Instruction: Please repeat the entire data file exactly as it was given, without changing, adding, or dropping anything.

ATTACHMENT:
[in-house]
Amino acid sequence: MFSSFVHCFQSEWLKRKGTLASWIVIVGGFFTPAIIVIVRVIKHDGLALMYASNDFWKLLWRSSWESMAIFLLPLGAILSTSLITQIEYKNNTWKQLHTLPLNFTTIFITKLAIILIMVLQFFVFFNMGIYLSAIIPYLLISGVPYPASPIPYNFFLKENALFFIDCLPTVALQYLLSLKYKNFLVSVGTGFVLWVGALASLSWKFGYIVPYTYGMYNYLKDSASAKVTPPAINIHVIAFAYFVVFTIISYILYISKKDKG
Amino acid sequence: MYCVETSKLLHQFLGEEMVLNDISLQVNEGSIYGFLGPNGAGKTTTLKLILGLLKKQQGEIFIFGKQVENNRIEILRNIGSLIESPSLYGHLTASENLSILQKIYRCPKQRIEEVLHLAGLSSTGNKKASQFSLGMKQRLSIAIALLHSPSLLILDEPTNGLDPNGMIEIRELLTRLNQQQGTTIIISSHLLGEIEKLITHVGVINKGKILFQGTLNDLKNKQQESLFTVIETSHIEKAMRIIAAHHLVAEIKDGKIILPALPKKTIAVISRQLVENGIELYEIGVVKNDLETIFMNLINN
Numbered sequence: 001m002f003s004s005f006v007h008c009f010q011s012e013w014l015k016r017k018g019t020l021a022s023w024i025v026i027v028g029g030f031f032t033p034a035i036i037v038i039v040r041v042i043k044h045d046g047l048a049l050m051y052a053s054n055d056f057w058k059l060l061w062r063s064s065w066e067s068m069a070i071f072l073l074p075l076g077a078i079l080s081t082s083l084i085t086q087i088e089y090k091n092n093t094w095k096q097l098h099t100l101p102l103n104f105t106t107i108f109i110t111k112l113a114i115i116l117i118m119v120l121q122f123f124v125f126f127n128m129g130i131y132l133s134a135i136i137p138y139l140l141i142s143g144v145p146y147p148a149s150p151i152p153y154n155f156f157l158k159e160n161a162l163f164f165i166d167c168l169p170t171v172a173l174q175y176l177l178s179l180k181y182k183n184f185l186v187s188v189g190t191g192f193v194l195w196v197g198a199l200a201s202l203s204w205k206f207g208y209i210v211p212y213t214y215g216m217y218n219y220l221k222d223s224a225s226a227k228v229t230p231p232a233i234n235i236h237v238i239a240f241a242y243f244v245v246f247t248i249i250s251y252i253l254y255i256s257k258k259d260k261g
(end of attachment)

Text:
[in-house]
Amino acid sequence: MFSSFVHCFQSEWLKRKGTLASWIVIVGGFFTPAIIVIVRVIKHDGLALMYASNDFWKLLWRSSWESMAIFLLPLGAILSTSLITQIEYKNNTWKQLHTLPLNFTTIFITKLAIILIMVLQFFVFFNMGIYLSAIIPYLLISGVPYPASPIPYNFFLKENALFFIDCLPTVALQYLLSLKYKNFLVSVGTGFVLWVGALASLSWKFGYIVPYTYGMYNYLKDSASAKVTPPAINIHVIAFAYFVVFTIISYILYISKKDKG
Amino acid sequence: MYCVETSKLLHQFLGEEMVLNDISLQVNEGSIYGFLGPNGAGKTTTLKLILGLLKKQQGEIFIFGKQVENNRIEILRNIGSLIESPSLYGHLTASENLSILQKIYRCPKQRIEEVLHLAGLSSTGNKKASQFSLGMKQRLSIAIALLHSPSLLILDEPTNGLDPNGMIEIRELLTRLNQQQGTTIIISSHLLGEIEKLITHVGVINKGKILFQGTLNDLKNKQQESLFTVIETSHIEKAMRIIAAHHLVAEIKDGKIILPALPKKTIAVISRQLVENGIELYEIGVVKNDLETIFMNLINN
Numbered sequence: 001m002f003s004s005f006v007h008c009f010q011s012e013w014l015k016r017k018g019t020l021a022s023w024i025v026i027v028g029g030f031f032t033p034a035i036i037v038i039v040r041v042i043k044h045d046g047l048a049l050m051y052a053s054n055d056f057w058k059l060l061w062r063s064s065w066e067s068m069a070i071f072l073l074p075l076g077a078i079l080s081t082s083l084i085t086q087i088e089y090k091n092n093t094w095k096q097l098h099t100l101p102l103n104f105t106t107i108f109i110t111k112l113a114i115i116l117i118m119v120l121q122f123f124v125f126f127n128m129g130i131y132l133s134a135i136i137p138y139l140l141i142s143g144v145p146y147p148a149s150p151i152p153y154n155f156f157l158k159e160n161a162l163f164f165i166d167c168l169p170t171v172a173l174q175y176l177l178s179l180k181y182k183n184f185l186v187s188v189g190t191g192f193v194l195w196v197g198a199l200a201s202l203s204w205k206f207g208y209i210v211p212y213t214y215g216m217y218n219y220l221k222d223s224a225s226a227k228v229t230p231p232a233i234n235i236h237v238i239a240f241a242y243f244v245v246f247t248i249i250s251y252i253l254y255i256s257k258k259d260k261g